As far as I know a dns server states on which server a domain is hosted
I was wondering what's the point of geographically dispersed dns servers?
I mean, if the domain is on a server in california, once the dns have fully propagated the websites are reachable, why should a 3rd, 4th etc dns exist (apart in case the others are down) in australia or europe?
The main point of multiple DNS in dispersed locations is to avoid a single point of failure (though that's not probably what you are looking for)... If one DNS server goes down, there is another one which is still available to respond where to find your site. The more you have, the less chance of a DNS failure you have.... beyond that, I don't really see the benefit
and having servers in 2 different datacenters would benefit from it?
say server1.domain.com is in DataCenter A and server2.domain.com is in DataCenter B, would this setup benefit from having 2 dns in area A pushing visits to DCA and 2 dns in area B pushing to DCB?
or it wouldn't make sense at all?
The point of having multiple servers in different locations is to prevent the case when perhaps a disaster occurs in a Datacenter - or even in a city. Both DNS servers should be reporting the same information for a domain. So ideally you would want a DNS server for your domain in DCA and DCB to prevent a singly point of failure. DCA goes out, DCB can report your domain information or vice versa.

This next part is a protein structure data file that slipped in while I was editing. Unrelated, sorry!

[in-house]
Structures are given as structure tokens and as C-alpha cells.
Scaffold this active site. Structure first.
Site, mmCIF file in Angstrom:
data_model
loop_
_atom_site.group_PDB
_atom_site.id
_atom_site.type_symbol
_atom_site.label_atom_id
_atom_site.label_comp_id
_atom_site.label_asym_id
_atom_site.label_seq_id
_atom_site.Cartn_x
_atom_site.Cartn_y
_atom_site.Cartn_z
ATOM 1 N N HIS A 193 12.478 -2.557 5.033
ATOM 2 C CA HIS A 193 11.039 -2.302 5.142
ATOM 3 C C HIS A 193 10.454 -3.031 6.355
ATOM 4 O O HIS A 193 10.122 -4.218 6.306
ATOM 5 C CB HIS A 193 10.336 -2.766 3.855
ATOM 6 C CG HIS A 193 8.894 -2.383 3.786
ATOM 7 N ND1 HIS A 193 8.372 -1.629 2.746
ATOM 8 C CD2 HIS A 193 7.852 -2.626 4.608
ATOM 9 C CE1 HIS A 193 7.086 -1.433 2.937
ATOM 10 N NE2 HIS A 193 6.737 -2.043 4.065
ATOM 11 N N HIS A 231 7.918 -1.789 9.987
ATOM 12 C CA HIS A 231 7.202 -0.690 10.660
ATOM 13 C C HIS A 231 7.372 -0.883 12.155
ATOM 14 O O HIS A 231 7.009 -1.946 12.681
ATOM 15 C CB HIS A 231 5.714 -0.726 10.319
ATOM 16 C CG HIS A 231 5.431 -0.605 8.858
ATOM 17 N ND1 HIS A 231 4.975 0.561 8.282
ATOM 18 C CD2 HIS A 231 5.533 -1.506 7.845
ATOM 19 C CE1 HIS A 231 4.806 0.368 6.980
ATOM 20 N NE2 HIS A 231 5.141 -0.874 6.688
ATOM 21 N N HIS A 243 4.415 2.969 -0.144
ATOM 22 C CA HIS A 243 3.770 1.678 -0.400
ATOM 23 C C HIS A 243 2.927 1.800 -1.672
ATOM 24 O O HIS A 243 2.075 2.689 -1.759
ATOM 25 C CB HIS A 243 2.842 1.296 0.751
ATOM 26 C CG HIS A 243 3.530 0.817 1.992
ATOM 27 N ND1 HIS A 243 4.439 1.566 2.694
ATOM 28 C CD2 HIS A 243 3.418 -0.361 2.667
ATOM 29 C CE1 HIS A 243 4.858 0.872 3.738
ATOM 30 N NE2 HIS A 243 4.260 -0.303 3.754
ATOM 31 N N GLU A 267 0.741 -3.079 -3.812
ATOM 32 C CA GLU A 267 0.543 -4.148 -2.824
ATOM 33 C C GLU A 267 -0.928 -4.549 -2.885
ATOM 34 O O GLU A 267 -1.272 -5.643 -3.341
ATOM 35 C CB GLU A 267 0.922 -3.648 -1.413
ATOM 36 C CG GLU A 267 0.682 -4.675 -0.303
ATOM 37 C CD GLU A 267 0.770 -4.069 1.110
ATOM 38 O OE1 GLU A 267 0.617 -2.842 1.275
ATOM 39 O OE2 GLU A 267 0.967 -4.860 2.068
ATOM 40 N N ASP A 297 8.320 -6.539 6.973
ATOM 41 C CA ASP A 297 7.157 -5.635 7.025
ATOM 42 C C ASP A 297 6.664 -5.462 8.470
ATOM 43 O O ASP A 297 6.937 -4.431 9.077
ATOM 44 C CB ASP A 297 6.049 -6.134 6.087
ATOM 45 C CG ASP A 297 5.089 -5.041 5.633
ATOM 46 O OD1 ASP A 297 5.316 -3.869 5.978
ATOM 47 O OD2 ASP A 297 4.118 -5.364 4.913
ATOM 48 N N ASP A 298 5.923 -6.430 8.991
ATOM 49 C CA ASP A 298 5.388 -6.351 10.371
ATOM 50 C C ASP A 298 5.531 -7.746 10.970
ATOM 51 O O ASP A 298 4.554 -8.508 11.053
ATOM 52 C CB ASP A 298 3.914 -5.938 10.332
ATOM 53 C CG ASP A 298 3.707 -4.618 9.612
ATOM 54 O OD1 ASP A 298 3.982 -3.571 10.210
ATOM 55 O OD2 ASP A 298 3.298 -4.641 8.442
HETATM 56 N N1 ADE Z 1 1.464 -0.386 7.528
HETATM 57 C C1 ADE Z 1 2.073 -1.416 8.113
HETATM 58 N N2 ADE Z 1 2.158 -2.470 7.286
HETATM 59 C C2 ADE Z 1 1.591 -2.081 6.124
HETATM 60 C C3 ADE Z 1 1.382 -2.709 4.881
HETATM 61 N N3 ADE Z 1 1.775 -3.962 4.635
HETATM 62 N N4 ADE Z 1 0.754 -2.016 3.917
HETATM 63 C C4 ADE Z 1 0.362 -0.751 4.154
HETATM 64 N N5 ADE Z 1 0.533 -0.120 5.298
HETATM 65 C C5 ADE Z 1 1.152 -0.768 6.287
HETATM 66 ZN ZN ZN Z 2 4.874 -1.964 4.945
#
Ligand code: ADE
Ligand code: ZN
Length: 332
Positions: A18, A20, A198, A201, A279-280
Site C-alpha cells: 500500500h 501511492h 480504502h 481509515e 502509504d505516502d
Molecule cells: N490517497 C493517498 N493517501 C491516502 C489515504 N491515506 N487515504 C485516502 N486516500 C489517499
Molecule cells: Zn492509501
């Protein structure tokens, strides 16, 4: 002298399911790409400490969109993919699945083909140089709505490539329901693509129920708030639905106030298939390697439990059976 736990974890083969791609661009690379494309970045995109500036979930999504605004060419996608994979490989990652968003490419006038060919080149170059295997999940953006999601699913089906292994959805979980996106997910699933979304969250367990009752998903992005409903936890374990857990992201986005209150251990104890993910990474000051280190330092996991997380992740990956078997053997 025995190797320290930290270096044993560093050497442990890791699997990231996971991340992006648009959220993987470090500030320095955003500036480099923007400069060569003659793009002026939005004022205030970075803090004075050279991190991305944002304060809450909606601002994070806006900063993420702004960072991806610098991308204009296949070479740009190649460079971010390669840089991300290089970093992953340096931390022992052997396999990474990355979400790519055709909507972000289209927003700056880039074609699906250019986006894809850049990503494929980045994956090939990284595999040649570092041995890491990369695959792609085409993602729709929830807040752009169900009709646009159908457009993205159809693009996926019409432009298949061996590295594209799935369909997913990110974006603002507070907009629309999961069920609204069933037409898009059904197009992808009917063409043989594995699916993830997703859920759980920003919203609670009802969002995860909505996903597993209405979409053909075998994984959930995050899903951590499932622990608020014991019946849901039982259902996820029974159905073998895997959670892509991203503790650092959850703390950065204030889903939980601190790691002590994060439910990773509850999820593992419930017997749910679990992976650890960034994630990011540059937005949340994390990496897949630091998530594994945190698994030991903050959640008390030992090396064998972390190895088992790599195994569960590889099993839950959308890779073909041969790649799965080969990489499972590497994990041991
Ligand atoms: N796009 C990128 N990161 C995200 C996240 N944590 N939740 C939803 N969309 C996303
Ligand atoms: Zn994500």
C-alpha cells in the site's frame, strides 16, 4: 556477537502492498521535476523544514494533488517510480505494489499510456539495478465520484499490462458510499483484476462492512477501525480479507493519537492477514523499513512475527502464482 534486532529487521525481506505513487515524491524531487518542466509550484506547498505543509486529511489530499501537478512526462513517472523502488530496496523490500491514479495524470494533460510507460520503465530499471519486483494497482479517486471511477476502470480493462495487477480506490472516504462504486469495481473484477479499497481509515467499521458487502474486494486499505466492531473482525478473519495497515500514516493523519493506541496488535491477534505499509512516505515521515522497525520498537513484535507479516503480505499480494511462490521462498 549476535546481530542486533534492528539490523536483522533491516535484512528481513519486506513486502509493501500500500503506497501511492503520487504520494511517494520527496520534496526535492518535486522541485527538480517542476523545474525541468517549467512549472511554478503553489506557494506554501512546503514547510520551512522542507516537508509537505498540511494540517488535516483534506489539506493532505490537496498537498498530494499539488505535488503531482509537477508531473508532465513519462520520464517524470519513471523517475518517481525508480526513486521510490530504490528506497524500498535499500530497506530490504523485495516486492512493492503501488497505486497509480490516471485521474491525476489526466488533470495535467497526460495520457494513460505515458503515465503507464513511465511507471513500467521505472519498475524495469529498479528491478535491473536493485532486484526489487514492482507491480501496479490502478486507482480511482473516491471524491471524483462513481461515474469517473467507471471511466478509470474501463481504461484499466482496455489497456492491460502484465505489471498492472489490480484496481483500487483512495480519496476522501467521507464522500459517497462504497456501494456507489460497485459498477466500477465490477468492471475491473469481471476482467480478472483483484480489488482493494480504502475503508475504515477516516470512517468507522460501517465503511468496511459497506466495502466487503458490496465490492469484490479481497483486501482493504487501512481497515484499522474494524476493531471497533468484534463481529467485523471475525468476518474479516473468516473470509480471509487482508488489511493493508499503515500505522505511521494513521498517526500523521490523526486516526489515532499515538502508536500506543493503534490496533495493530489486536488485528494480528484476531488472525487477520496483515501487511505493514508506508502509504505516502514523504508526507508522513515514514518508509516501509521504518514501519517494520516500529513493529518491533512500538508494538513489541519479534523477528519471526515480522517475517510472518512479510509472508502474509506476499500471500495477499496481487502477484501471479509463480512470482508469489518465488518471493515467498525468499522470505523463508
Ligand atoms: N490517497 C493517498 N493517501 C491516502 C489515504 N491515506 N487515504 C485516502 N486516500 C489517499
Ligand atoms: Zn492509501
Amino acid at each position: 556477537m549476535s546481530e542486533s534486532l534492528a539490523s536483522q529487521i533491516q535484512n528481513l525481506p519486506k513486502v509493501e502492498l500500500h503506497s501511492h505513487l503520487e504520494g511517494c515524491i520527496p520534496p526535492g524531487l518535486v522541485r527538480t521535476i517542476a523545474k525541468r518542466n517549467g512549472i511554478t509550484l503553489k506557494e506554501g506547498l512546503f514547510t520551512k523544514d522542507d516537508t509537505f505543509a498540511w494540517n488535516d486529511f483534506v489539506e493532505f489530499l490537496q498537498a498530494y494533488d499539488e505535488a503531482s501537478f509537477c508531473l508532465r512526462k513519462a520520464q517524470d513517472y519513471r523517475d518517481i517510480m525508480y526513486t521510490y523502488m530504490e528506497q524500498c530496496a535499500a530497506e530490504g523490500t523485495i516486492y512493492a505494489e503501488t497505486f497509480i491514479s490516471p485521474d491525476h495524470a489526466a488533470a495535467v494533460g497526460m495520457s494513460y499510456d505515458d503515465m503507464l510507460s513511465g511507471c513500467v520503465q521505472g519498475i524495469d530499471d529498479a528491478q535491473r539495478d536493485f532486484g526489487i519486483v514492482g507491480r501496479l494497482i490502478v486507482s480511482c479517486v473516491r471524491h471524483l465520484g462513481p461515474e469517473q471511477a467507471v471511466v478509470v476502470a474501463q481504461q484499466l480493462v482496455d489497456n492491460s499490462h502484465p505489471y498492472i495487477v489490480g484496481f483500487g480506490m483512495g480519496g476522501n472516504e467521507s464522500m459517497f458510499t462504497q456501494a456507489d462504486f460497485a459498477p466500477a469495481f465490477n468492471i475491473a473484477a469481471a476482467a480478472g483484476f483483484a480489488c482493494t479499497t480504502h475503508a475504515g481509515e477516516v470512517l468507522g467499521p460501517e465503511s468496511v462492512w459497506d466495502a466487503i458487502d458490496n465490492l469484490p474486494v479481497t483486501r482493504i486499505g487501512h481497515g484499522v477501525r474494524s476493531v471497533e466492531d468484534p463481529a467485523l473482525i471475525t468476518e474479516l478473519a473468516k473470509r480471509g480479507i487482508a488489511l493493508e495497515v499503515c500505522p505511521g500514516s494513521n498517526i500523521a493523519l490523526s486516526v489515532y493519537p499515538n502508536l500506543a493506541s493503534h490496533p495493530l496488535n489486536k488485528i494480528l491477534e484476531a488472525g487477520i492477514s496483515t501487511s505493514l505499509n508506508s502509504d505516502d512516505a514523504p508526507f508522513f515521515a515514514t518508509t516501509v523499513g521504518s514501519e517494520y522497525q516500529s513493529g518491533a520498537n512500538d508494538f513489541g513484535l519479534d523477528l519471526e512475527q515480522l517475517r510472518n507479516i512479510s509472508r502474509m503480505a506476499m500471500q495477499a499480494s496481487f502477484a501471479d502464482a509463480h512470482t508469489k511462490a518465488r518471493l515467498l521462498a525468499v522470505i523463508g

Having different a DNS server closer to the target area could increase the reach speed, however it is unlikely to create a large difference. Additionally, you would have to set up the DNS servers accordingly knowing the target area for a site (i.e. knowing you are targetting australia, so using australia dns entries)... not exactly the easiest thing in the world, but still doable.
Each DNS entry you have will have a TTL specified (Time To Live) which will specify how long the entry is good for,. That is, when you lookup a site for the first time your ISPs DNS servers will query your site's DNS server. It will then cache the information for the TTL time (or at least it should, it's not required to)... so beyond the first resolution, your DNS server usually doesn't even get contacted because your ISP will have the DNS for the site Cached!